A.M. Best Co. has downgraded the financial strength rating (FSR) to ‘B’ (Fair) from ‘B++’ (Good) and the issuer credit ratings (ICR) to “bb+” from “bbb” of Southern General Insurance Company (SGIC) and GreenStar Insurance Company, an affiliate of SGIC, both domiciled in Marietta, Georgia. The outlook for the FSR is stable, while the outlook for the ICRs has been revised to negative from stable. Best said the “rating actions reflect SGIC’s continued operating losses in 2011 and the first nine months of 2012, which resulted in combined and operating ratios that compare unfavorably with results for the private passenger non-standard composite. Additionally, SGIC policyholders’ surplus and risk-adjusted capitalization declined as a result of poor operating performance and a significant adjustment to premium receivables from its managing general agent, The Insurance House, Inc.” Best explained that the “company’s negative operating losses resulted from a trend of underwriting losses driven by inadequate rates, increased claim severity that led to adverse prior year loss reserve development, increased competitive market conditions and an elevated expense structure.” Best said the outlook for the FSR, despite the potential for execution risk, is “based upon the current projections and initiatives being undertaken by SGIC to reduce its expenses and return it to profitability. In response to declining operating trends, SGIC has taken aggressive actions to reduce expenses, optimize territorial rates, withdraw from South Carolina and launch a new point-of–sale technology program.” As partially offsetting the negative factors, Best cited “SGIC’s adequate risk-adjusted capitalization and long-standing agency relationships and local market presence. Although SGIC’s FSR outlook is stable, there may be potential future negative rating actions, if it fails to execute on its recovery plans and continues to report operating losses, which further erodes policyholders’ surplus and risk-adjusted capitalization as measured by Best’s Capital Adequacy Ratio (BCAR).” Best said its rating actions for GreenStar “recognize its changing profile, the uncertainty that exists to successfully market its private passenger non-standard automobile coverage to metropolitan areas and its erratic operating performance in recent years.” In addition Best said that over the near term, “there may be negative rating actions if the company does not substantially meet its projections, which include a greater decline in its operating losses, policyholders’ surplus and risk-adjusted capitalization, as determined by BCAR.”
A.M. Best Co. has withdrawn the financial strength rating of ‘A’ (Excellent) and issuer credit rating of “a” of Fairfield Insurance Company following the merger into its affiliate company, Genesis Insurance Company (GIC) on December 31, 2012. The ratings of GIC are not affected by this transaction. “The merger is part of immediate parent company General Reinsurance Corporation’s (Gen Re) strategy of business simplification and to achieve increased efficiencies. Gen Re’s ultimate parent company is Berkshire Hathaway Inc.,” Best explained.
A.M. Best Co. has downgraded the financial strength rating to “C (Weak) from ‘C+’ (Marginal) and the issuer credit rating to “ccc” from “b-” of New York-based Community Mutual Insurance Company, and has withdrawn the ratings in response to management’s request to be removed from Best’s interactive rating process. Best explained that the “downgrades follow Community Mutual’s continued unprofitable underwriting performance and diminished levels of surplus. In particular, in 2011, statutory surplus declined by 26.6 percent, and in 2012, it declined by an additional 18 percent.” Best also pointed out that “Community Mutual has experienced significant losses attributable to major fires and weather-related events in recent years. The company’s unfavorable operating performance is evidenced by its negative five-year average pre-tax returns on revenue and surplus. Although the company’s pure loss ratio compared favorably to the personal property composite average on a five-year average basis, elevated loss adjustment expenses and other underwriting expenses contributed to net underwriting losses in each of the past five years. Additionally, Community Mutual’s single-state concentration of risk exposes it to weather-related events as well as to market, regulatory and judicial issues.”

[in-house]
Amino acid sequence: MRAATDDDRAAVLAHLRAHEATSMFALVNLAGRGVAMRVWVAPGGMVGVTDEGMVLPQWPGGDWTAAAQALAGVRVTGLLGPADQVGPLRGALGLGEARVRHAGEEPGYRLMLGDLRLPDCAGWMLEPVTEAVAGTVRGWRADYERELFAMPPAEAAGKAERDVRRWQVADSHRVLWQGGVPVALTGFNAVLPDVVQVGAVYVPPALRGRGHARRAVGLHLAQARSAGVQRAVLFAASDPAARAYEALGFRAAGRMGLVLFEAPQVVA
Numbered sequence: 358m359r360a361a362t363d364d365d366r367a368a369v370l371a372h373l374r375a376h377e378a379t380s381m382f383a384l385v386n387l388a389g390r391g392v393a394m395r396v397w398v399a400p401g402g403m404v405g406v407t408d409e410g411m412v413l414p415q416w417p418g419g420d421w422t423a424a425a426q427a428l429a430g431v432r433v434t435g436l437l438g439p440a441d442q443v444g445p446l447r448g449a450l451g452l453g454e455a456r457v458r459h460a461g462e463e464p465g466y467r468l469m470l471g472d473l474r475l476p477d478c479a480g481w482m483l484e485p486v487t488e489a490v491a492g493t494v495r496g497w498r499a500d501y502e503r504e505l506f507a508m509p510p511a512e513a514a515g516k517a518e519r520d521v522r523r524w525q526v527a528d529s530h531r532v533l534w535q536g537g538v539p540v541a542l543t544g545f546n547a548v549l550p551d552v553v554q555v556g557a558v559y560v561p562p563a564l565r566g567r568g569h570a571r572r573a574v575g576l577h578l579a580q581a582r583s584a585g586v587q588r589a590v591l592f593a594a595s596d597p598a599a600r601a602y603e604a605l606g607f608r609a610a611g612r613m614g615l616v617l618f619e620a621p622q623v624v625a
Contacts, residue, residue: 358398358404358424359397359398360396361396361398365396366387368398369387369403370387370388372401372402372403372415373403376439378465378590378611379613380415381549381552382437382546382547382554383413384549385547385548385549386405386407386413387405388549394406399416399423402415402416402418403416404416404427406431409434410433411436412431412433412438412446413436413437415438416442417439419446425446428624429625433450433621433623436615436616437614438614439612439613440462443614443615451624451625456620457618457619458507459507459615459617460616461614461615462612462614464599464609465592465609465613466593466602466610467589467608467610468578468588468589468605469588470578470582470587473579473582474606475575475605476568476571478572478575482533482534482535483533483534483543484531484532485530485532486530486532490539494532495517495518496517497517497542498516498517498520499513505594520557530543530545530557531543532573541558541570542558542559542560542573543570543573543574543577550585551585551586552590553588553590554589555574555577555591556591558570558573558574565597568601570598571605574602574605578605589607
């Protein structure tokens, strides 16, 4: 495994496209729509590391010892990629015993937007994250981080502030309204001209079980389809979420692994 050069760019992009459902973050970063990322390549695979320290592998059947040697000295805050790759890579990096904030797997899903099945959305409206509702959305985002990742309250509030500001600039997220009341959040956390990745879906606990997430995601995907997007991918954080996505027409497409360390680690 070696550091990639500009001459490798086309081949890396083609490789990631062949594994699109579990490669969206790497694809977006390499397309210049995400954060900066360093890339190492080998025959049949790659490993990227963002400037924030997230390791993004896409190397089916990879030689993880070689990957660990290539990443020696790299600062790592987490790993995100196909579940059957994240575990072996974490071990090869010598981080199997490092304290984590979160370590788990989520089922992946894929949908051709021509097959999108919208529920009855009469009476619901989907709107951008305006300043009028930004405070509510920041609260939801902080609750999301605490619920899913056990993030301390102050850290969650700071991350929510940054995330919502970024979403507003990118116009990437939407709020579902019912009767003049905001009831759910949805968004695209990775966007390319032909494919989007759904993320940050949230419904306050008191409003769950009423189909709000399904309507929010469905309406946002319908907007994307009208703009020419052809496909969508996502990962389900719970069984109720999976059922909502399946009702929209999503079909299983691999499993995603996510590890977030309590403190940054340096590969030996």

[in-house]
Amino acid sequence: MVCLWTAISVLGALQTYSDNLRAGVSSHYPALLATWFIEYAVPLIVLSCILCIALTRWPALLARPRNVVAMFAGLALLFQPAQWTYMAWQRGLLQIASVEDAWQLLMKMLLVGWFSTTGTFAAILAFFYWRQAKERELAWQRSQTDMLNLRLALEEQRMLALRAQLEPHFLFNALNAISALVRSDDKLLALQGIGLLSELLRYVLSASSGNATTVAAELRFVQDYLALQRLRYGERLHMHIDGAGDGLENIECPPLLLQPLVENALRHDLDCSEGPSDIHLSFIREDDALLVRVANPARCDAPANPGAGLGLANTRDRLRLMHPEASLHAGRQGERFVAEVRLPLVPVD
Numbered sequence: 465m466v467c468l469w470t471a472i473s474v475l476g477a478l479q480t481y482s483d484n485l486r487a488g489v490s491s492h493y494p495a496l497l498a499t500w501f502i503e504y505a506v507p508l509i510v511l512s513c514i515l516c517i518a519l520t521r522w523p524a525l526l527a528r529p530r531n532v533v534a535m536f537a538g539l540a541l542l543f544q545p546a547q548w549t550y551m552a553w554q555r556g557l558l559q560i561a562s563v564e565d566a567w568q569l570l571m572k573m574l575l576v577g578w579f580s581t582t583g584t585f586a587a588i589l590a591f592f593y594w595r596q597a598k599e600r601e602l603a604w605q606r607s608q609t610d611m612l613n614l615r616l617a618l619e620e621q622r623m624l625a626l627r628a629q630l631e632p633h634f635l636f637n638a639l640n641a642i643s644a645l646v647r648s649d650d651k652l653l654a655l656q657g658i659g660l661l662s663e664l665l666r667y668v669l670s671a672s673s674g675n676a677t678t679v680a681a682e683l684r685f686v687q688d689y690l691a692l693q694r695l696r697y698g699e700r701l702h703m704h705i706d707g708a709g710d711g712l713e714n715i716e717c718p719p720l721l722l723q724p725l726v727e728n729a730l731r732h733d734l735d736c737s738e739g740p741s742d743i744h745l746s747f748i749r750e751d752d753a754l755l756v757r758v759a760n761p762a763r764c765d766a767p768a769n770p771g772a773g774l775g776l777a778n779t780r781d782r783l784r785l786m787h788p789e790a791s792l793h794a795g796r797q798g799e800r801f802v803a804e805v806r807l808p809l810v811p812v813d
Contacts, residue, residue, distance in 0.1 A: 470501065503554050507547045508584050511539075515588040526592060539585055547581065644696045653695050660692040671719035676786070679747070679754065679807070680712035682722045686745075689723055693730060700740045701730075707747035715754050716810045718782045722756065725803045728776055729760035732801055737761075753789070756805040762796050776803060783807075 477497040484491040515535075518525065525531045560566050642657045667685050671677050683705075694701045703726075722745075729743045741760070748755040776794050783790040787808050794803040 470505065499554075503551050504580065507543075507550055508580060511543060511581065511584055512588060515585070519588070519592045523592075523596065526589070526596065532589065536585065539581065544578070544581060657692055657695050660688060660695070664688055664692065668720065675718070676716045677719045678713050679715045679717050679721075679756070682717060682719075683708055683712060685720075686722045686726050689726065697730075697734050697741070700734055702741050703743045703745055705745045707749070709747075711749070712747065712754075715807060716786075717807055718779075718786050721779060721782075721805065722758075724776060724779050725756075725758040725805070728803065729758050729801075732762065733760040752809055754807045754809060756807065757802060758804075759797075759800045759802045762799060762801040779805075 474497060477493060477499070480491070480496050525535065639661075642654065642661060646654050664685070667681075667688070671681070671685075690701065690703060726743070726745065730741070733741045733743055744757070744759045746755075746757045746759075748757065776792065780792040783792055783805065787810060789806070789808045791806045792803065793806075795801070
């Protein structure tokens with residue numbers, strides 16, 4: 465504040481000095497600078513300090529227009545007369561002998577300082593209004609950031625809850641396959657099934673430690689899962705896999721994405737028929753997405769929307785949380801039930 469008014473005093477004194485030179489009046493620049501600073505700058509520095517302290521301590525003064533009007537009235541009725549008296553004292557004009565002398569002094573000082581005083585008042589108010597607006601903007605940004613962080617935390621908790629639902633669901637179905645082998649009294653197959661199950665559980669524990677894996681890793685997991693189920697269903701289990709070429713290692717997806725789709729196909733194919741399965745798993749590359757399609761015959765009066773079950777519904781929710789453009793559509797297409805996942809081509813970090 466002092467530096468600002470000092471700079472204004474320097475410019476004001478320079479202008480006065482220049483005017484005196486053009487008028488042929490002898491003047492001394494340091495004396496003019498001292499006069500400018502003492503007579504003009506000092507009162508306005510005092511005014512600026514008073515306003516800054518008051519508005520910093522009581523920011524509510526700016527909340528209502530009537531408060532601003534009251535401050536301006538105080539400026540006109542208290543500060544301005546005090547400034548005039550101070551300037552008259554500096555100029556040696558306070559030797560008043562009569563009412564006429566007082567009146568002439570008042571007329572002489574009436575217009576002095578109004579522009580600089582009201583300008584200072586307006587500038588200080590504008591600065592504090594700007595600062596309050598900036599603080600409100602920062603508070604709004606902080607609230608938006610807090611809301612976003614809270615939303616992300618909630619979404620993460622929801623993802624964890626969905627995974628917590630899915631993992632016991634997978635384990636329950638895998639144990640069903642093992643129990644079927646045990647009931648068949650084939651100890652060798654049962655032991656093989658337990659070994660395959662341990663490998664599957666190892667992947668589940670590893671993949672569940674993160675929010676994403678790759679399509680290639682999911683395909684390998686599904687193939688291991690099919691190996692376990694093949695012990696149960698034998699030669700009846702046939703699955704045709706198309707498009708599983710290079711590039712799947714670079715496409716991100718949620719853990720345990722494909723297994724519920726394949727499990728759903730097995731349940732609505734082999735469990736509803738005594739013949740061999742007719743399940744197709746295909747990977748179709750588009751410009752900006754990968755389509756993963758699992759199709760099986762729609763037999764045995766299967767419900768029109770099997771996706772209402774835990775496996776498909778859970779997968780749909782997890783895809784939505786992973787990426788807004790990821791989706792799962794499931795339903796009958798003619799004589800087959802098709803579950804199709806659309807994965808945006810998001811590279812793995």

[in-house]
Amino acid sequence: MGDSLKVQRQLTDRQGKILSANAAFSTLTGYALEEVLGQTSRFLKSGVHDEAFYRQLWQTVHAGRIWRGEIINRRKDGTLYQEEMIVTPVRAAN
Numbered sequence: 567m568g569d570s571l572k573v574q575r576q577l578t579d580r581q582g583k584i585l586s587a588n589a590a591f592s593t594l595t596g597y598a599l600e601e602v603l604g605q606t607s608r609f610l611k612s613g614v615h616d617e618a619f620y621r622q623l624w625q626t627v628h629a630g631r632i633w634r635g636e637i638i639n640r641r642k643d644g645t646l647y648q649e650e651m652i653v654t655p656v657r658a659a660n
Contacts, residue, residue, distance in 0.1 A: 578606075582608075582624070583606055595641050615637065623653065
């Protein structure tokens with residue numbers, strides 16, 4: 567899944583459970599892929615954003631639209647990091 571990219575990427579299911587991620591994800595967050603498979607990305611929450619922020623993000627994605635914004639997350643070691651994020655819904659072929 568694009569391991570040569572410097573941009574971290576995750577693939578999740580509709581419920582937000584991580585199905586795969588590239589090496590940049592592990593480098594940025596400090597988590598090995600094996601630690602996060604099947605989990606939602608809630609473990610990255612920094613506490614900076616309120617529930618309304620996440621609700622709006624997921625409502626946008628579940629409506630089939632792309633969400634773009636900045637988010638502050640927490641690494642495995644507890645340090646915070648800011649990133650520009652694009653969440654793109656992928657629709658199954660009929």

A.M. Best Co. has upgraded the issuer credit ratings (ICR) to “bbb+” from “bbb” and affirmed the financial strength rating of ‘B++’ (Good) of Wisconsin County Mutual Insurance Corporation and its fully reinsured subsidiary, Community Insurance Corporation (CIC), both of which are members of Wisconsin County Mutual Group (WCMG) and are all domiciled in Madison, Wisconsin. The outlook for all of the ratings remains stable. Best said the “upgrade of the ICRs reflects WCMG’s strong risk-adjusted capitalization, expertise within the Wisconsin municipal risk management market and improved operating and underwriting performance. The ratings also reflect WCMG’s improved performance as a result of its commitment to loss control and risk management services. In addition, WCMG continues to maintain a well-established market presence among Wisconsin counties and municipalities.” As partial offsetting factors Best cited “the group’s elevated expense ratio, historical trends of variable underwriting results and modest business profile.” Best said: “Prospectively, future positive rating actions may result if WCMG’s operating results continue to demonstrate profitable trends while maintaining solid risk-adjusted capitalization, particularly as CIC reenters the workers’ compensation market in its niche market. Conversely, if operating performance declines to unprofitable levels as demonstrated in historical periods, negative rating pressure may occur.”
Was this article valuable?
Here are more articles you may enjoy.